When Everett De Morier of Dover first penned Thirty-Three Cecils, which meshes the journals of two men—one from Binghamton, New York and the other from Erie, Pennsylvania—he found the story to be cathartic.
“It’s really about turning-point moments,” he says. “Everyone has them and they can quickly change the course of a life.”
It’s a story of redemption and of realizing there might still be time to turn things around.
For Dutch, the character from Binghamton, he looks at his life and sees no future. He’s in his thirties, works in a landfill and spends much of his time drinking at a local bar. He looks out his dirty window and sees a certain view of the world around him. He later realizes that the only way to change that view is to change how you see it by “focusing on the good” instead of seeing only the negative.
The contrasting character is Walker, who lives in Erie. For Walker, he looks like a winner from the outside. He’s an award winner, a cartoonist, a popular man about town, but on the inside, there are other factors at play and a very public fall from grace also lands him in prison. While serving time, he realizes the important things were there all along—his wife and his daughters. But, he didn’t spend the time he should have with them when he had the chance.
The book came out in 2015 and, when it was first released, De Morier would get calls from reporters.
“They would ask how long I lived in Erie,” he says with a quiet smile. “I’ve actually never been there.”
De Morier is from Binghamton, so when he writes of the city, he can see it, feel it and even smell it. When writing about Erie, he spent long hours watching videos from town hall meetings and from community events. He looked at numerous maps, photos and news clippings. He built his idea of the town and hopes he did right by Erie.
How he got from book to film is a long story, but it happens the way some Hollywood stories are made. The book was used in some prison programs because of the nature of its content. The father of one of the women using the book during these programs read it and decided it needed to be a movie. He formed his own production company and quickly realized he was over his head. He then found Brian Esquivel, an up-and-coming producer, who took on the project.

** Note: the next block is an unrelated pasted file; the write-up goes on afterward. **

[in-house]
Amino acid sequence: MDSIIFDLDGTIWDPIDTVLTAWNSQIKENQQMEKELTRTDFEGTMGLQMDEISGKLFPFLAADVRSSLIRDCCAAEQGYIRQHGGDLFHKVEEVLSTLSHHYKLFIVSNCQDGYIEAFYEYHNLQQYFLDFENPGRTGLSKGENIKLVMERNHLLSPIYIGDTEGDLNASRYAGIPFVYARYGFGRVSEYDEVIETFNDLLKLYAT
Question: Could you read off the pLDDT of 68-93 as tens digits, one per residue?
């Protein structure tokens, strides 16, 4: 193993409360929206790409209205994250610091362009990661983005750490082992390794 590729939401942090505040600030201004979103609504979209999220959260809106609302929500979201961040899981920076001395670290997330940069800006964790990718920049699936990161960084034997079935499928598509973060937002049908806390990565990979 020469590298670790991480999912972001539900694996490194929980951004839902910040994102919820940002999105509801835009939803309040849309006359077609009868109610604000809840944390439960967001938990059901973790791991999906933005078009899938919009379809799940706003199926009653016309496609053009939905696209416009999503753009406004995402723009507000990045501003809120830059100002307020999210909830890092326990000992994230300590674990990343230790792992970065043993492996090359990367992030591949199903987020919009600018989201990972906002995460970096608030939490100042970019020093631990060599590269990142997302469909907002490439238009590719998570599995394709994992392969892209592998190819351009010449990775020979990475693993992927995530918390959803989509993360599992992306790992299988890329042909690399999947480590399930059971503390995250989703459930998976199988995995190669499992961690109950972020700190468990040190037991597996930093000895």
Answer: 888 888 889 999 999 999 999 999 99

Esquivel previously worked on the HBO show Entourage. He and De Morier worked up the script. Time went on and it was passed around. At some point, famed actor Dustin Hoffman read it and really liked it and, soon, the wheels were turning.
“Brian was great at allowing it all to happen naturally,” De Morier says. “It wasn’t an overnight thing. He let it develop. One of the great moments of my life was hearing that Dustin Hoffman read the book 14 times and really enjoyed it.”
Filming will start in Binghamton this summer. In the case of filming, both Esquivel and De Morier felt it needed to be filmed in Binghamton. Kelly Fancher, who De Morier knew from her time with the Binghamton Film Office, came on board and has been the star when it comes to finding locations, working with local partners and the city and getting things done.
“Everything has just fallen into place,” De Morier says. “I’m really proud of the screenplay and I know they will do a great job making the film.”
While he’s not sure he will be on set during filming, he says he trusts the process.
“Cecils is a story of redemption,” he says. “I think we all have those moments of where do we go from here…we can all understand and find hope in this kind of story.”